So you may see a cycle like YYZ-XXX then position XXX-FRA, then layover 24 hours. Then FRA-YYZ.

Also, as crew utilization becomes paramount when short of crews, (like now), then very odd cycles are built to keep things efficient. Things like YYZ-YOW-FRA layover FRA-YYC layover YYC-NRT layover NRT-YYC layover YYC-LHR layover LHR-YOW-YYZ. (How the heck do you pack for something like that???) Or one I liked when I was a B767 F/O, YYZ-HNL layover HNL-SYD layover SYD-HNL layover HNL-YYZ. (easier to pack)

But as far as interesting goes, and certainly infrequent, I find the Jetz team charter cycles fascinating as there is a lot of positioning and long layovers in unusual places!



Never gonna grow up, never gonna slow down .... Barefoot Blue Jean Night
User currently offlineblueflyer From United States of America, joined Jan 2006, 4064 posts, RR: 2
Reply 11, posted (1 year 1 month 2 days 14 hours ago) and read 2726 times:
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Back in the days, Sabena would charter small aircraft to position crew from one city to the next within Africa as some destinations were served only once or twice a week and intra-Africa flights were few and not always reliable. Nowadays Brussels Airlines does it only due to irregular operations, I believe.

Quoting jagflyer (Reply 9):
How about last minute equipment changes? If a flight is a 777 and one day they sub in a 747 due to the original 777 going mechanical. Who will fly the 747 back?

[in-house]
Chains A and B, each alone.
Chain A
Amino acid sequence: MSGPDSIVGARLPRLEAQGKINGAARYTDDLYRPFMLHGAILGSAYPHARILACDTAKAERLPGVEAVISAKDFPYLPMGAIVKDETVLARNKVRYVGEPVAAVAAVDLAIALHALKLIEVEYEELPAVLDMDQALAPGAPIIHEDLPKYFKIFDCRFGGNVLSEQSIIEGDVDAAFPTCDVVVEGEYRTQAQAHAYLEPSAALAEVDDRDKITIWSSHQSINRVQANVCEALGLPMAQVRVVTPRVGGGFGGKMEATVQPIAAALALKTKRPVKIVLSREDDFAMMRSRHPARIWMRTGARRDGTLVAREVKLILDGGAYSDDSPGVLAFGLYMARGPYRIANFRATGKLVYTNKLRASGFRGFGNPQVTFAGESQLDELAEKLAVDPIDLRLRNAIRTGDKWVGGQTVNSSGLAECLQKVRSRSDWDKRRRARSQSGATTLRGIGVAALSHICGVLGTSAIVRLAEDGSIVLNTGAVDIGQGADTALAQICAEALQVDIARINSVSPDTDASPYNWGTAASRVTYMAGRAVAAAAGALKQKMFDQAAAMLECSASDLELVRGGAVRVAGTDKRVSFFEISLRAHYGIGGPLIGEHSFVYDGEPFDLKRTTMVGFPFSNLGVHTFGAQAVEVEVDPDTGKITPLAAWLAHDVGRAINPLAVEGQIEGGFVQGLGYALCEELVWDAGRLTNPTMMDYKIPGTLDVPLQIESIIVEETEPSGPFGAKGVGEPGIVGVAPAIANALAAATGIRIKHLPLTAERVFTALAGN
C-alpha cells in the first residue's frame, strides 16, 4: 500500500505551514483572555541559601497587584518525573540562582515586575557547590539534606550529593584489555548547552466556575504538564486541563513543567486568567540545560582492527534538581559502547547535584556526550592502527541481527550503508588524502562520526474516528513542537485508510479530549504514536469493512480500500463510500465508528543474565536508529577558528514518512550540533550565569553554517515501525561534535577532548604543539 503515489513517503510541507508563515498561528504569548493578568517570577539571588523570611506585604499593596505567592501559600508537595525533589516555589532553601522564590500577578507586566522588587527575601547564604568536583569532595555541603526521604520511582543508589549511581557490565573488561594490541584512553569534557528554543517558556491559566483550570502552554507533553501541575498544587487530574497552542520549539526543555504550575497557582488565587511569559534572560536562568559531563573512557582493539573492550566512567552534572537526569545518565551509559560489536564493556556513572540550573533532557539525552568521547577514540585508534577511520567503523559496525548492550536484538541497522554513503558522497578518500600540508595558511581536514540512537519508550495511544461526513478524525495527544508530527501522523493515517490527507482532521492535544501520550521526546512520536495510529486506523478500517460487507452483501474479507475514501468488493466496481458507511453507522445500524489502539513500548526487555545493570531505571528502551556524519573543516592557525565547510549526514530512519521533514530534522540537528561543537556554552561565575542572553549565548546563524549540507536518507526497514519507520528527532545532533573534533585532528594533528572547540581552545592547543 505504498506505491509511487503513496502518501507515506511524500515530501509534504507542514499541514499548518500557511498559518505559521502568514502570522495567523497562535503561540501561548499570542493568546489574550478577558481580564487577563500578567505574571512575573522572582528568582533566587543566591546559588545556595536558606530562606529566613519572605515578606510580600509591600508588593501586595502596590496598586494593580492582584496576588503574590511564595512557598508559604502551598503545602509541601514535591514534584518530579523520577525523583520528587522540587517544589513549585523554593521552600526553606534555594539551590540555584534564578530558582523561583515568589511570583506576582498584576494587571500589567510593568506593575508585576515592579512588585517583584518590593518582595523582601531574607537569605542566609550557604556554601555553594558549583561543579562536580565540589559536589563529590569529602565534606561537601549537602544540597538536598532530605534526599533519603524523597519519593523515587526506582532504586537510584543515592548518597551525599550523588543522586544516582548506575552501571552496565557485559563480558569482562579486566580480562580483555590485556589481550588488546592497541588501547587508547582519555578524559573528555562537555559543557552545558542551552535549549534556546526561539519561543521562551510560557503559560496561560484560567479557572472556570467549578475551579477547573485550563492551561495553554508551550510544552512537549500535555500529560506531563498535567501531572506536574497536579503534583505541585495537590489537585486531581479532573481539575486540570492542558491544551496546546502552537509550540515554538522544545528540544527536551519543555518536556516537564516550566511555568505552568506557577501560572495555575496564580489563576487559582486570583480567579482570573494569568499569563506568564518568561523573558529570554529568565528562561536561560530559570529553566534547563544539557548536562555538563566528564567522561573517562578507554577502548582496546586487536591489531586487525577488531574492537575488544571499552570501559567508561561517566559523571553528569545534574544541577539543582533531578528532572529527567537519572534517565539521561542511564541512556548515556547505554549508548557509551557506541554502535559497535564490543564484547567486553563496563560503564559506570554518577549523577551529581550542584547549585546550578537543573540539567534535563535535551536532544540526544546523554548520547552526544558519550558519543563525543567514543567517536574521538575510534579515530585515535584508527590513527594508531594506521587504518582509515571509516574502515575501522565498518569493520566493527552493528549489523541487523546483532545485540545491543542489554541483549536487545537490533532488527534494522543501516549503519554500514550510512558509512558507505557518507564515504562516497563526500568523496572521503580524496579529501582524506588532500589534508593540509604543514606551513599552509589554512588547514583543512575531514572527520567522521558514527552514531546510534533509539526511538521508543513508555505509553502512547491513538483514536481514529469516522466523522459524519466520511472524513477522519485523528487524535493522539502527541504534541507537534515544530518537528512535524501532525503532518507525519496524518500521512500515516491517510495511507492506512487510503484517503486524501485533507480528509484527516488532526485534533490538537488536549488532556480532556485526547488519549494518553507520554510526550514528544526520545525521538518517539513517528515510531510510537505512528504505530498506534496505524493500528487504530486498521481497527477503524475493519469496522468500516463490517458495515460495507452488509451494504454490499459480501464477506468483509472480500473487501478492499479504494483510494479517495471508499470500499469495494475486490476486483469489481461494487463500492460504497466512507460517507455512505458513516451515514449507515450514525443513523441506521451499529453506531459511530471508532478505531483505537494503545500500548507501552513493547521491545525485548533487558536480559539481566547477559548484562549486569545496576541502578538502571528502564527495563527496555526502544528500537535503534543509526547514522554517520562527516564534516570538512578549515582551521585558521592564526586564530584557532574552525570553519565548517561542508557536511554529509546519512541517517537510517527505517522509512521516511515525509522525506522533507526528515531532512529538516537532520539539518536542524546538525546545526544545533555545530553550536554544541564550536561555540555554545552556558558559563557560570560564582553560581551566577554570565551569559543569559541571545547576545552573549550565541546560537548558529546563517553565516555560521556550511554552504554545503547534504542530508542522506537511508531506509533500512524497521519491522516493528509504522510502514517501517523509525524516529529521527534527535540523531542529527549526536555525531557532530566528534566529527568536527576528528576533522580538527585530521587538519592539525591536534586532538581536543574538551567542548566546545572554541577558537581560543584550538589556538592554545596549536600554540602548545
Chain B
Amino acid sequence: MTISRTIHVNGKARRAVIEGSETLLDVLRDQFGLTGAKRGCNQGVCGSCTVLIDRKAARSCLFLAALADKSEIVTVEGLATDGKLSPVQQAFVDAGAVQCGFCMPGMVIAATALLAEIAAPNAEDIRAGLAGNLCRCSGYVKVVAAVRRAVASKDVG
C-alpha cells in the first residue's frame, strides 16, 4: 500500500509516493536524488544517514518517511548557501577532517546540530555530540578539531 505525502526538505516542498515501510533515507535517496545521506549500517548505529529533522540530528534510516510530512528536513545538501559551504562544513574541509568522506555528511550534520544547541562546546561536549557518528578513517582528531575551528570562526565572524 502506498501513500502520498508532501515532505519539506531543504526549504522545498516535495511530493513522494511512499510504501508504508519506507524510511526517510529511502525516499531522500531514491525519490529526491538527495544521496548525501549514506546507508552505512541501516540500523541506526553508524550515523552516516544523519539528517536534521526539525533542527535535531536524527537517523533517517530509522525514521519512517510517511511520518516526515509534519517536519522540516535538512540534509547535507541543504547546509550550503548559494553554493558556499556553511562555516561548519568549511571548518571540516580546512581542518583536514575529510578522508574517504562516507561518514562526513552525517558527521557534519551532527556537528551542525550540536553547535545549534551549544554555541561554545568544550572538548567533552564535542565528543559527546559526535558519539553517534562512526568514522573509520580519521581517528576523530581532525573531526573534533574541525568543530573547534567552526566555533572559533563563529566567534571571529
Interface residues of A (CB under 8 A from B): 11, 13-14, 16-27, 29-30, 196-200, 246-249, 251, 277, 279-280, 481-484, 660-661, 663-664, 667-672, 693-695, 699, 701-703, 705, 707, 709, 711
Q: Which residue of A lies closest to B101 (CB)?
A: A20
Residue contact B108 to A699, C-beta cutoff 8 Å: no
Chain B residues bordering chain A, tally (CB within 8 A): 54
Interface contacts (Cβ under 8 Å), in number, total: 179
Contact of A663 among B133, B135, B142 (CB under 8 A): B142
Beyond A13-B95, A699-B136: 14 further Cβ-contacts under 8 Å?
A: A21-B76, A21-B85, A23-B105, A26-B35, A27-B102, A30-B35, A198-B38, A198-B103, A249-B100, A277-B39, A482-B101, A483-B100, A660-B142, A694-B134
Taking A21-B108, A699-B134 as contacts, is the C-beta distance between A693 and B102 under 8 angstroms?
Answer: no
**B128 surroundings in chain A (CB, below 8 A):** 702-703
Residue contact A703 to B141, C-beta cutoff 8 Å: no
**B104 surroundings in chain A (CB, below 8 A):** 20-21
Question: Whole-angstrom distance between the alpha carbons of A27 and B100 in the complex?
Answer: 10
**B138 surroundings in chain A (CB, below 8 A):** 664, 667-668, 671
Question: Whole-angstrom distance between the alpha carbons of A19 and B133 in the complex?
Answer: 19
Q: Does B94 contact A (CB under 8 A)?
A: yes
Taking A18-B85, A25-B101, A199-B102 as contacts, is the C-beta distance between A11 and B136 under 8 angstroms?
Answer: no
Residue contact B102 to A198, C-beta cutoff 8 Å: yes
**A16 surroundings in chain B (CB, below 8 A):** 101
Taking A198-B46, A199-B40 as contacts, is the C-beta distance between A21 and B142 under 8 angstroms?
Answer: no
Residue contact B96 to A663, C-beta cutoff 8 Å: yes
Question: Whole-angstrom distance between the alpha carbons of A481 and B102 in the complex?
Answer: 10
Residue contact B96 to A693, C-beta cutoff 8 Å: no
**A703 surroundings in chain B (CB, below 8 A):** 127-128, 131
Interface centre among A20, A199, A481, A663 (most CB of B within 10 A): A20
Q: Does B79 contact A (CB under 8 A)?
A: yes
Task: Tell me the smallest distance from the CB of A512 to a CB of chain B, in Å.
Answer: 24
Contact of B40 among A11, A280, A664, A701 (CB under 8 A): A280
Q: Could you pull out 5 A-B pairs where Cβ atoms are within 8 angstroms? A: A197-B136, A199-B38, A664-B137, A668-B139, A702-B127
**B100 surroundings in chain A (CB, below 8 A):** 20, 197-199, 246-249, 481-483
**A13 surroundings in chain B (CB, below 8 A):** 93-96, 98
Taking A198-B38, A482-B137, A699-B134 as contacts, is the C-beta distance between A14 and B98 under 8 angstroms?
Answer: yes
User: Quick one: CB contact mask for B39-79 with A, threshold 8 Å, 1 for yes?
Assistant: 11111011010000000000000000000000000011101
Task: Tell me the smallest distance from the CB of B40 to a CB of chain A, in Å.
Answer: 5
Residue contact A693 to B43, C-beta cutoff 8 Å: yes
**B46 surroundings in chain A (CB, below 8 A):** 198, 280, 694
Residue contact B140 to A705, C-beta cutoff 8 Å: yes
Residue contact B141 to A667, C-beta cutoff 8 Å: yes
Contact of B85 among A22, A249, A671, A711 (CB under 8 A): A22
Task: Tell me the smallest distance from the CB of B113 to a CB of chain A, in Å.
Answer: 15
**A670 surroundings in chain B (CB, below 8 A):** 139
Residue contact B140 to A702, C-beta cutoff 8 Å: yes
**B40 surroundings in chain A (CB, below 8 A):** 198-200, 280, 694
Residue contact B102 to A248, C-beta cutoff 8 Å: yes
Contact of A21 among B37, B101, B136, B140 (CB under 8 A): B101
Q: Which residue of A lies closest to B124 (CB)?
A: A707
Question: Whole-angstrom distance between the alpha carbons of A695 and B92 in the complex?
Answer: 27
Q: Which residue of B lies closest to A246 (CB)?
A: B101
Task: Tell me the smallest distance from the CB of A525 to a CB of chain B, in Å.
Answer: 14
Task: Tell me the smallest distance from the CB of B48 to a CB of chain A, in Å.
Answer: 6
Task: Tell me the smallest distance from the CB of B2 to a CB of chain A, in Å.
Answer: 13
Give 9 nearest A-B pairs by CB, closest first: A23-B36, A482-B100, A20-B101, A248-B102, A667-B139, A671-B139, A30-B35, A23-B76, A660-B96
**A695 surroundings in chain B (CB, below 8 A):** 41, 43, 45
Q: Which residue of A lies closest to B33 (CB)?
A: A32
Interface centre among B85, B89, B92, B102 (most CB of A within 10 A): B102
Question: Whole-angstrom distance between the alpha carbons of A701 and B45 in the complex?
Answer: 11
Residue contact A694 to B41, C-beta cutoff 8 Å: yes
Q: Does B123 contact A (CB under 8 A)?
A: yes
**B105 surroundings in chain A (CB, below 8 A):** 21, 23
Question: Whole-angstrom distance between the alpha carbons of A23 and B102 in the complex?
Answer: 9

Airlines rarely have aircraft and crew ready to go at a moment's notice, especially of a different type. It is more likely that a one-day sub is planned well in advance due to overlapping maintenance in the regularly scheduled fleet.

If they do a last-minute sub, the returning crew will most likely come from a nearby outstation where the aircraft is regularly scheduled, but that means the outstation will suffer the consequences, obviously, so the airline must balance the need to operate a flight even with a different type against the cost of cancelling or delaying a flight elsewhere.

The bigger an airline is, the easier it is to do. For example, BA could substitute a 747 to the regularly scheduled 777 for LHR-PHL at the last minute, cancel a 747 to IAD, BOS or JFK and move the inbound crew from the cancelled flight to PHL to operate the return while accommodating the passengers from the cancelled flight on the other 2, 3 or 7 flights of the day.



I've got $h*t to do
User currently offlinegkirk From UK - Scotland, joined Jun 2000, 24947 posts, RR: 56
Reply 12, posted (1 year 1 month 8 hours ago) and read 2457 times:

I would imagine for the likes of a TOM 767 crew, they would do fly BHX-SFB, stay a couple of days, then do a SFB-NCL flight for example, an get taxied back to BHX?


When you hear the noise of the Tartan Army Boys, we'll be coming down the road!